Voyage update 3 from Evan Solly, Ice Pilot
Tue 19th Jan: 14:00 Altered course southwards to commence passage through the ice bridge into the Ross Sea, encountered moderate sea ice by 20:00 which slowed our passage, wiggled Tangaroa through ice overnight at reduced speed.
Wed 20th: Finally cleared the ice bridge by 08:00 and making good passage westwards to Cape Adare. A single ice band forced us south for several hours then passage resumed towards the Cape.
Thu 21st: Passage to Adare continues, eta 14:00 today. Arrived at the 1st mooring retrieval site off Cape Adare this afternoon and commenced the release and retrieval of three moorings in this vicinity. These moorings were all recovered successfully although all three had lost their uppermost beacon buoys.
Fri 22nd: Sighted the Antarctic continent this morning for the first time, just south of Hanson’s Peak on Cape Adare. Numerous sightings of minke whales today while target identification mid-water trawls were being made on krill and fish layers beneath Tangaroa. A calibration of the ship’s sounders was undertaken to prove that all were fully operational and a test of some new technological ship identification, alert systems was also tested. Mooring deployment resumed with the first replacement mooring deployed, ranged for position fixing just prior to the calibration of the echo sounders.
Sat 23rd: Mesopelagic trawl was damaged this morning, broken headline. Crew spent several hours changing over the trawl in sub-zero temperature and a wind chill factor that lowered the temperature considerably. Strong southerlies curtailed most operations today but late this afternoon Cape Hallett came into view at over 60 miles distance. Stunning scenery, after many voyages to this realm I still feel privileged to be part of it.
Part of our operational requirements to operate in the Antarctic treaty area is that no poultry products of any nature are released into the environment. This is to protect the birdlife from any possible introduction of pathogens or viruses.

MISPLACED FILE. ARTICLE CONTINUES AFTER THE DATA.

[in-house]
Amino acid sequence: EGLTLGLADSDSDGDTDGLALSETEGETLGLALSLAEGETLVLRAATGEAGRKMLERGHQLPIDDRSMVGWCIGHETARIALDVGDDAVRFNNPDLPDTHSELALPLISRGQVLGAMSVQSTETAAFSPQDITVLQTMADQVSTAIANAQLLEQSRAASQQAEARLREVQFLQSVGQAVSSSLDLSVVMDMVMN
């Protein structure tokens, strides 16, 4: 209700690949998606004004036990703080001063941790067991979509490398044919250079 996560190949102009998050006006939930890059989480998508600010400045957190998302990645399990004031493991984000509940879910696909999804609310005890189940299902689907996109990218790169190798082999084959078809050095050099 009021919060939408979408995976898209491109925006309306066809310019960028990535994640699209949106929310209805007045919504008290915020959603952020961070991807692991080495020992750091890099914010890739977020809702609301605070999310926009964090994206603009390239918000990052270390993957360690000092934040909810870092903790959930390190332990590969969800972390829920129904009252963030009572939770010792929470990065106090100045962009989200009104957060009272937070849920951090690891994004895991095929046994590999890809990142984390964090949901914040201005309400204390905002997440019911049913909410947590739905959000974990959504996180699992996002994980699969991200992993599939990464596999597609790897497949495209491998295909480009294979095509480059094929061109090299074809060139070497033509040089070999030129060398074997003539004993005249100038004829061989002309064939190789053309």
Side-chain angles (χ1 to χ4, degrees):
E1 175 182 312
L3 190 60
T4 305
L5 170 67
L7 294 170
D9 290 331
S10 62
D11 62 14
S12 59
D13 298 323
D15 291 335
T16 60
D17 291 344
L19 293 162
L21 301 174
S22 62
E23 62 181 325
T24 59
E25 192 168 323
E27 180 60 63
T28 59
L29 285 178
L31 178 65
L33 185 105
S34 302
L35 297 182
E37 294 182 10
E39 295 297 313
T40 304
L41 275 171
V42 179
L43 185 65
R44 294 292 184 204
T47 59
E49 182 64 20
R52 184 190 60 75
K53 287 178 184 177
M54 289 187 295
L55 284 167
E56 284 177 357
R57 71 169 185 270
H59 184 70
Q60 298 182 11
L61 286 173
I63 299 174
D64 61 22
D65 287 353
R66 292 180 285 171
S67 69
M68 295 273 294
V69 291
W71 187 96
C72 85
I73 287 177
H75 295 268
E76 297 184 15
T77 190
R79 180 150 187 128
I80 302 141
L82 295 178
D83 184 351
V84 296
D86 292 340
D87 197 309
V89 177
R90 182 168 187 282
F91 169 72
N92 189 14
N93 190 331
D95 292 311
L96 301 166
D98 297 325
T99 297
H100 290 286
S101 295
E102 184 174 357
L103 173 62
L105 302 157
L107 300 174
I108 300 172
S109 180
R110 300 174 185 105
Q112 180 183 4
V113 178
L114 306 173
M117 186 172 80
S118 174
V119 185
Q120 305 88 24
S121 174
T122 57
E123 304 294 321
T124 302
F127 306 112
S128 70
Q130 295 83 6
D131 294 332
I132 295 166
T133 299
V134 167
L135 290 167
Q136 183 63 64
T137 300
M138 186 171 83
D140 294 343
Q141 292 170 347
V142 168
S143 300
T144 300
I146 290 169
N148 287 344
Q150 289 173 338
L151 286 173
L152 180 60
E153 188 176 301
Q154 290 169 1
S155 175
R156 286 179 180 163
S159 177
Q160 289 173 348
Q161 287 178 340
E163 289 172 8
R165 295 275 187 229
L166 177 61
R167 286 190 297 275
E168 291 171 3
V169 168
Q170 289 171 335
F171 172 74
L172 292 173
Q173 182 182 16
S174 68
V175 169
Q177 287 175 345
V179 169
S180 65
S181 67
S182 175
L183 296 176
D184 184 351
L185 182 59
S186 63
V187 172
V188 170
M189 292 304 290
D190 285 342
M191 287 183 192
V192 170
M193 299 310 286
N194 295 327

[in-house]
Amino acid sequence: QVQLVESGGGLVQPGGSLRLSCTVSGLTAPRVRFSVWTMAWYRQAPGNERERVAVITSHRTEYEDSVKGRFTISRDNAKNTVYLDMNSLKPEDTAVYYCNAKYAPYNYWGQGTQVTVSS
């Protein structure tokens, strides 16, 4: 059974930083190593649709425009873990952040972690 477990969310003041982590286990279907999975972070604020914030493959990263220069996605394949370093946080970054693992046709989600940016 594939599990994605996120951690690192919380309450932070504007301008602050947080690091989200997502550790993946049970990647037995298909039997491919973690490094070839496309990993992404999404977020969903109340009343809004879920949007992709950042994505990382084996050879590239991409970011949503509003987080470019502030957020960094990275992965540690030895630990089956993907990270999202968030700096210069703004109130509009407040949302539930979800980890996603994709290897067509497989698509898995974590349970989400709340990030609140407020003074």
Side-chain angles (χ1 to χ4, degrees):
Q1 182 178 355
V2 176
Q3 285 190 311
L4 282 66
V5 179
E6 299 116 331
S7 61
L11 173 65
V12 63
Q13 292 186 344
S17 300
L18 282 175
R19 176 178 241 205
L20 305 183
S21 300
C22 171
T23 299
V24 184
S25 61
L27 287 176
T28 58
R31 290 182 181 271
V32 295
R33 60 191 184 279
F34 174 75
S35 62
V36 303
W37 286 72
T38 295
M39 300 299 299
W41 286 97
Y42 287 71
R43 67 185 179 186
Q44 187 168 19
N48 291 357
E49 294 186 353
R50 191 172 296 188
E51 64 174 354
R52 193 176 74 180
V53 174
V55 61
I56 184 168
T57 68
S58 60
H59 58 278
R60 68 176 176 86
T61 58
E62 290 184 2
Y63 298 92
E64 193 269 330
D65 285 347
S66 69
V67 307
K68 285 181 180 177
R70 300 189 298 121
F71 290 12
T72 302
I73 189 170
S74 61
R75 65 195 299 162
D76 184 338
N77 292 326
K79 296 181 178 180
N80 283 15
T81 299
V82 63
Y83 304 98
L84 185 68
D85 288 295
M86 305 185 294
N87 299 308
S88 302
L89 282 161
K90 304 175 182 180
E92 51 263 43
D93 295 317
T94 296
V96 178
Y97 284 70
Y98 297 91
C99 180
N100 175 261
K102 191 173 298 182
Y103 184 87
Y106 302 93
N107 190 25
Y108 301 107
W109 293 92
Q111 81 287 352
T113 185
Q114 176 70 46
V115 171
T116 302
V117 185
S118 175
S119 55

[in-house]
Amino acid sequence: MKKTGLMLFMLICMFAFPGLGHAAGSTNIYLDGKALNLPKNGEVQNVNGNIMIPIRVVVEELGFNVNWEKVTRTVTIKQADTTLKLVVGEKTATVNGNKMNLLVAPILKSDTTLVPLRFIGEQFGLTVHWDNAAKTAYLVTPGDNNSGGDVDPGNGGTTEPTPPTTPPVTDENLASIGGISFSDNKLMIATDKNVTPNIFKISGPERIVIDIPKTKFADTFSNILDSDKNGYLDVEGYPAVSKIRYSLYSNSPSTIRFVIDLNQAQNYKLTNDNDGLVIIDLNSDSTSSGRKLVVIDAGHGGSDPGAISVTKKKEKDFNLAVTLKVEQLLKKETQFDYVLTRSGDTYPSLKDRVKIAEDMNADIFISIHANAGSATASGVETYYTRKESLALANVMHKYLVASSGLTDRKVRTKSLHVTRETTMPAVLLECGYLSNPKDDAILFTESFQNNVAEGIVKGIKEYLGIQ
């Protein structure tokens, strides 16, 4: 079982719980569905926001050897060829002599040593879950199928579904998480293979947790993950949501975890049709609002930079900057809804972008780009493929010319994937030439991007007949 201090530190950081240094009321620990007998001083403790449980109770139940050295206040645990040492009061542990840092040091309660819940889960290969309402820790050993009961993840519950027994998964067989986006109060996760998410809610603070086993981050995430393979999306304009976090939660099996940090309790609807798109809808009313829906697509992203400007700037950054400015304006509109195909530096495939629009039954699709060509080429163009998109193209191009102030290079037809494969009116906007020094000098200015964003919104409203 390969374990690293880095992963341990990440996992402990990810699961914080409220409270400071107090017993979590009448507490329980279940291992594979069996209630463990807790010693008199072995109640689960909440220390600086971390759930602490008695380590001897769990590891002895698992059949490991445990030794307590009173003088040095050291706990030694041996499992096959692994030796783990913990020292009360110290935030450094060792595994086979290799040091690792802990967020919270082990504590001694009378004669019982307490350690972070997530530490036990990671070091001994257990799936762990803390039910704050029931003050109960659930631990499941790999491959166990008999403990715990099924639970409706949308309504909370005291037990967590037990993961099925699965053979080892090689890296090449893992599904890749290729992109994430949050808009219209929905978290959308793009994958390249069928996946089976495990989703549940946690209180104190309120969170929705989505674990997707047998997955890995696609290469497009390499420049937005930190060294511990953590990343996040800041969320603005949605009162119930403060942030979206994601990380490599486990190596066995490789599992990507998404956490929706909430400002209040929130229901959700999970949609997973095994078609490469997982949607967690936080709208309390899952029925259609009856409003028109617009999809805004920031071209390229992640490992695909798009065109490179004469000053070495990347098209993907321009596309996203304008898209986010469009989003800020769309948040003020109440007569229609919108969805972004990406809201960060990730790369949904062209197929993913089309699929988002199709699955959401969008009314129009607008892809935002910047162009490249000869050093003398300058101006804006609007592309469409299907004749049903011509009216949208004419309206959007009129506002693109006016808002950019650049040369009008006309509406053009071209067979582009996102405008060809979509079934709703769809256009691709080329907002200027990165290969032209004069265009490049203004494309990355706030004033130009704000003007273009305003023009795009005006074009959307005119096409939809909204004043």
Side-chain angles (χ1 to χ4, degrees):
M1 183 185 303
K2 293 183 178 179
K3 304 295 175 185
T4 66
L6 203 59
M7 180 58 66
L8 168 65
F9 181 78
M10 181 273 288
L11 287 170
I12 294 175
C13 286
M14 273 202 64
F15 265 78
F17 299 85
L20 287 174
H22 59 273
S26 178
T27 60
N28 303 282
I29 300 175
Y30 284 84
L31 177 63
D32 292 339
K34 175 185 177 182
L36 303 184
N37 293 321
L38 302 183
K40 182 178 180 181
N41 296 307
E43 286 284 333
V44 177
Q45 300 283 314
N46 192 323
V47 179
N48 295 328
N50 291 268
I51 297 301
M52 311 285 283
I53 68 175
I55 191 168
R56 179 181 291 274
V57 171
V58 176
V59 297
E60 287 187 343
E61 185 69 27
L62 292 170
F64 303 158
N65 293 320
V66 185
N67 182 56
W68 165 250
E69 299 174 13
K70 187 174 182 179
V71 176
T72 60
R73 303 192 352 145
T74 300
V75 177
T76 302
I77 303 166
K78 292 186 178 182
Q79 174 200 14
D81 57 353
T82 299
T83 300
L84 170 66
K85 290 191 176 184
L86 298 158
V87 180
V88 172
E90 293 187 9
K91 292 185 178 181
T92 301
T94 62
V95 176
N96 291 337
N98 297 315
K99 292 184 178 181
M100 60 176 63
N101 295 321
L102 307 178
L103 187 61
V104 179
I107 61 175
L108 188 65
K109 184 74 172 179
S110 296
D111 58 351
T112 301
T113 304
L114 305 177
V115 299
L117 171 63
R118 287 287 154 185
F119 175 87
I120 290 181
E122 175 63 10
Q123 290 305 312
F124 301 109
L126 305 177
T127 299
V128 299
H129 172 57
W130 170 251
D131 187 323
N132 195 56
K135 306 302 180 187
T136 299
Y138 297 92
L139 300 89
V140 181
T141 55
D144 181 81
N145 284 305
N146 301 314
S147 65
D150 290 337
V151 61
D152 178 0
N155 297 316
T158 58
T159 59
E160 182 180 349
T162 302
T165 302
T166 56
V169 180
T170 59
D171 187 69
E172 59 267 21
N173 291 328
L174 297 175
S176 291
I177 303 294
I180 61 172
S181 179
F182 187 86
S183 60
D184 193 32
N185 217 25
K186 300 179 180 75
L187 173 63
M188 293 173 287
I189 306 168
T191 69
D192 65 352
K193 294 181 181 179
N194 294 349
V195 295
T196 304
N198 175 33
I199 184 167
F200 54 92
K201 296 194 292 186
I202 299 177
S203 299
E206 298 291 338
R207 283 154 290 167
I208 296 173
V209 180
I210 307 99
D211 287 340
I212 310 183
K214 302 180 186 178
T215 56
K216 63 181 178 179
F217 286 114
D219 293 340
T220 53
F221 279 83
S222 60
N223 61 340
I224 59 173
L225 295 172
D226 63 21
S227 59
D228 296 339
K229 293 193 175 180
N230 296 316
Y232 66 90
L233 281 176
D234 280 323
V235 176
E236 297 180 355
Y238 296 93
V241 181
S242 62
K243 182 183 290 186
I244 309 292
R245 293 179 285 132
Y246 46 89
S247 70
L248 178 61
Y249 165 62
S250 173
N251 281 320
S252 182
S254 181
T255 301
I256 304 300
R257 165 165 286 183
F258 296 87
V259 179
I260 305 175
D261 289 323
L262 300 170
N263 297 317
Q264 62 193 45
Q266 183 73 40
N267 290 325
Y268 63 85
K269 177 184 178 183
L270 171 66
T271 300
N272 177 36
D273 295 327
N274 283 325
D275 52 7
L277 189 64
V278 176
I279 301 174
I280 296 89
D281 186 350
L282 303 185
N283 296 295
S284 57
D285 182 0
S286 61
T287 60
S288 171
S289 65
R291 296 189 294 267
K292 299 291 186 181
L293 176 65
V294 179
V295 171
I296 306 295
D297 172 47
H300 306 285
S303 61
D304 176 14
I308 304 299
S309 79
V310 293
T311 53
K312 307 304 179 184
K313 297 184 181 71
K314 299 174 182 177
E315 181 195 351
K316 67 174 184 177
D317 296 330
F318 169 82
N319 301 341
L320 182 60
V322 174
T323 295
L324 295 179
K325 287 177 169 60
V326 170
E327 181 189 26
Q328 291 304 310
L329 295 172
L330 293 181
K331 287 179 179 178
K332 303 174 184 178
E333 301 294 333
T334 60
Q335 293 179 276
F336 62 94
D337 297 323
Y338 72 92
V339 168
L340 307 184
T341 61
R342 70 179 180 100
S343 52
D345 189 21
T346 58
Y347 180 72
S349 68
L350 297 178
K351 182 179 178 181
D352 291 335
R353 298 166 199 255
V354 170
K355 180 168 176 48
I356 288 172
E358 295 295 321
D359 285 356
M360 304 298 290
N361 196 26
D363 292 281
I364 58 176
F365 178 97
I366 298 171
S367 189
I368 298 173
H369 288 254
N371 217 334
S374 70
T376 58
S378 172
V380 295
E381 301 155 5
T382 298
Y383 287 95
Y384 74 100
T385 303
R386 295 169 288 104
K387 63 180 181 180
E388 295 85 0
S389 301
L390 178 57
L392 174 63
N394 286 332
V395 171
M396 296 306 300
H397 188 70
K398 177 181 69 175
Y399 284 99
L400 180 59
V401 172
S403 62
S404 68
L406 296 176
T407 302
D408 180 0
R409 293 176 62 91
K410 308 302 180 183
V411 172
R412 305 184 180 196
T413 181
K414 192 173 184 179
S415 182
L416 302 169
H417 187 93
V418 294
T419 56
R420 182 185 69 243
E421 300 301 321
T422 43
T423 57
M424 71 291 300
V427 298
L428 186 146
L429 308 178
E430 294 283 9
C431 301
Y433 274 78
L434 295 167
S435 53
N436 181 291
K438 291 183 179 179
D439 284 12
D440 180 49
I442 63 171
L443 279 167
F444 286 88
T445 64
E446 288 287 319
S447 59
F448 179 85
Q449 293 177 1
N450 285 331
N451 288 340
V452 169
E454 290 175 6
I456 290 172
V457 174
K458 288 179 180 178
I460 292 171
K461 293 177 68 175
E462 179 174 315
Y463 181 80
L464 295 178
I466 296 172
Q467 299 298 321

To ensure this is undertaken when poultry products are served from the galley our bird waste bin is deployed and all poultry waste is collected and stowed in the food freezer at -23C until our return to Wellington for disposal ashore.
Sun 24th: Stunning scenery at the Downshire Cliffs as the sun rose and set several times as we slowly swathe mapped out a safe navigational area into 140 metres alongside these almost 2000m high cliffs. At 4.0 miles off the coast it seems so much closer due to the clarity of air down here. Twice we successfully ran the DTIS camera along the 150m contour line to record the fauna on the seafloor at this depth. It clearly indicated the re-introduction on the seabed of the sponges and fauna after the mass extinction from an iceberg, when it wipes the slate (seabed) clean on grounding through the area. Run off to 30 miles clear of the coast and deployed 2 moorings this afternoon, then returned back to the Downshire Cliffs area to resume more multibeam transects. Heavy fog on our approach to the coast reduced our speed.
Mon 25th: Fog had lifted by the time we had got to our previous multibeam transits. Deployed our“Remote Operated Vehicle in 150m depth but found the current was too strong for safe operations and this was aborted. Completed another 4 multibeam transects to extend our navigable area closer to the cliffs, now to within a mile and 120m depth range off the coastline. Another 2 DTIS transects completed along the 120m contour. Again we were treated to spectacular scenery in the low sun and 2000m high cliffs on our port side.
After the DTIS runs were completed we proceeded eastwards to clear the bird sanctuary protection requirements and commenced water sampling and bongo net tows. Prior to mid-day, sampling in the area was complete and Tangaroa proceeded south south east to mooring position R2. Arrived at 16:00 and multi-beam transects commenced to prove the mooring site and search for evidence of a lost Italian mooring here.
Tue 26th: Several mid-water trawls on targets at various depths to identify the species this morning while multi-beaming the R1, R2 and R3 sites and proving the loss of the Italian mooring. The evidence is clear in the multi-beam tracks of severe gouging on the seabed. Huge bergs have swept through this area cleaning off all in their path down to the sea floor of 500 metres depth. Water sampling at 08:00. Three moorings deployed in 500m depth at stations R1, R2 and R3 this afternoon/evening. Cape Hallett is 40 miles west of our position, should be there tomorrow morning.